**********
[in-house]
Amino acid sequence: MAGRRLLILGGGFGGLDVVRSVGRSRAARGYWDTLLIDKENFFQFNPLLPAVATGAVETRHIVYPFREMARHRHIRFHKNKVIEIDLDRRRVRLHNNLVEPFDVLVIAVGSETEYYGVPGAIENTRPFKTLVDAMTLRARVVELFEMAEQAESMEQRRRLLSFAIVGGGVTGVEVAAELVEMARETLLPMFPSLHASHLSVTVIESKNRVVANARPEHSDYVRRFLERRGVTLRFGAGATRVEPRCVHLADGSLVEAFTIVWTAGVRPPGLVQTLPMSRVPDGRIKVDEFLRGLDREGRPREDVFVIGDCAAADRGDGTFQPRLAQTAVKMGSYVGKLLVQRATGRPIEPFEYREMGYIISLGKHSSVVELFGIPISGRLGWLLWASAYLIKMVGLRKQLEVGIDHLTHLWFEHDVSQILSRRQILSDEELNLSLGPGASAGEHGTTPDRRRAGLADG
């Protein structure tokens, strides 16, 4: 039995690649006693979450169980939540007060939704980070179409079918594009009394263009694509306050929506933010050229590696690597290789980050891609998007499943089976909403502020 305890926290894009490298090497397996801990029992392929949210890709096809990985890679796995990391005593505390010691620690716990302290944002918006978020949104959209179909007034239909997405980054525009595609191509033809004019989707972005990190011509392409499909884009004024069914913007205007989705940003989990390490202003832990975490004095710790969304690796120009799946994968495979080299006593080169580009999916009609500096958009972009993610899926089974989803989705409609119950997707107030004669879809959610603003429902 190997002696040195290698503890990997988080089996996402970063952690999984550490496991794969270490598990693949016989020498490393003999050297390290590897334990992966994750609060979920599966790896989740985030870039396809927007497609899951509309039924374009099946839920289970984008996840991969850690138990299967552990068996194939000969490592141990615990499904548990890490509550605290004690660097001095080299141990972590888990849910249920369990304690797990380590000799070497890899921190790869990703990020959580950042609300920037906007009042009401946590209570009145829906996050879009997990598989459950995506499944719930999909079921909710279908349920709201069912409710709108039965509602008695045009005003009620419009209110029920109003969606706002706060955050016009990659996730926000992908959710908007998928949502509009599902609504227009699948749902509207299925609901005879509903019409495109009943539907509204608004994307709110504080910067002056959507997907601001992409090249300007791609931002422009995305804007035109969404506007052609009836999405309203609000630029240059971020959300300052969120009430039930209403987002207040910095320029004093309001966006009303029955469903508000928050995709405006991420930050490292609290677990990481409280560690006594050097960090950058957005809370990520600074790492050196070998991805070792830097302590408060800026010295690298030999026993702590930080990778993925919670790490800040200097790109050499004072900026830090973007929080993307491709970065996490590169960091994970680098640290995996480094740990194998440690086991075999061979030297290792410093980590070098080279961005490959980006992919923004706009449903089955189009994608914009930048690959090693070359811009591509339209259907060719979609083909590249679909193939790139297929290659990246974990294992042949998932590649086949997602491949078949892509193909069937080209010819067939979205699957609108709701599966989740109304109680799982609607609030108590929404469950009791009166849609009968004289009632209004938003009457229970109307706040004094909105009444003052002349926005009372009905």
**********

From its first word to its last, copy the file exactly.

[in-house]
Amino acid sequence: MAGRRLLILGGGFGGLDVVRSVGRSRAARGYWDTLLIDKENFFQFNPLLPAVATGAVETRHIVYPFREMARHRHIRFHKNKVIEIDLDRRRVRLHNNLVEPFDVLVIAVGSETEYYGVPGAIENTRPFKTLVDAMTLRARVVELFEMAEQAESMEQRRRLLSFAIVGGGVTGVEVAAELVEMARETLLPMFPSLHASHLSVTVIESKNRVVANARPEHSDYVRRFLERRGVTLRFGAGATRVEPRCVHLADGSLVEAFTIVWTAGVRPPGLVQTLPMSRVPDGRIKVDEFLRGLDREGRPREDVFVIGDCAAADRGDGTFQPRLAQTAVKMGSYVGKLLVQRATGRPIEPFEYREMGYIISLGKHSSVVELFGIPISGRLGWLLWASAYLIKMVGLRKQLEVGIDHLTHLWFEHDVSQILSRRQILSDEELNLSLGPGASAGEHGTTPDRRRAGLADG
């Protein structure tokens, strides 16, 4: 039995690649006693979450169980939540007060939704980070179409079918594009009394263009694509306050929506933010050229590696690597290789980050891609998007499943089976909403502020 305890926290894009490298090497397996801990029992392929949210890709096809990985890679796995990391005593505390010691620690716990302290944002918006978020949104959209179909007034239909997405980054525009595609191509033809004019989707972005990190011509392409499909884009004024069914913007205007989705940003989990390490202003832990975490004095710790969304690796120009799946994968495979080299006593080169580009999916009609500096958009972009993610899926089974989803989705409609119950997707107030004669879809959610603003429902 190997002696040195290698503890990997988080089996996402970063952690999984550490496991794969270490598990693949016989020498490393003999050297390290590897334990992966994750609060979920599966790896989740985030870039396809927007497609899951509309039924374009099946839920289970984008996840991969850690138990299967552990068996194939000969490592141990615990499904548990890490509550605290004690660097001095080299141990972590888990849910249920369990304690797990380590000799070497890899921190790869990703990020959580950042609300920037906007009042009401946590209570009145829906996050879009997990598989459950995506499944719930999909079921909710279908349920709201069912409710709108039965509602008695045009005003009620419009209110029920109003969606706002706060955050016009990659996730926000992908959710908007998928949502509009599902609504227009699948749902509207299925609901005879509903019409495109009943539907509204608004994307709110504080910067002056959507997907601001992409090249300007791609931002422009995305804007035109969404506007052609009836999405309203609000630029240059971020959300300052969120009430039930209403987002207040910095320029004093309001966006009303029955469903508000928050995709405006991420930050490292609290677990990481409280560690006594050097960090950058957005809370990520600074790492050196070998991805070792830097302590408060800026010295690298030999026993702590930080990778993925919670790490800040200097790109050499004072900026830090973007929080993307491709970065996490590169960091994970680098640290995996480094740990194998440690086991075999061979030297290792410093980590070098080279961005490959980006992919923004706009449903089955189009994608914009930048690959090693070359811009591509339209259907060719979609083909590249679909193939790139297929290659990246974990294992042949998932590649086949997602491949078949892509193909069937080209010819067939979205699957609108709701599966989740109304109680799982609607609030108590929404469950009791009166849609009968004289009632209004938003009457229970109307706040004094909105009444003052002349926005009372009905």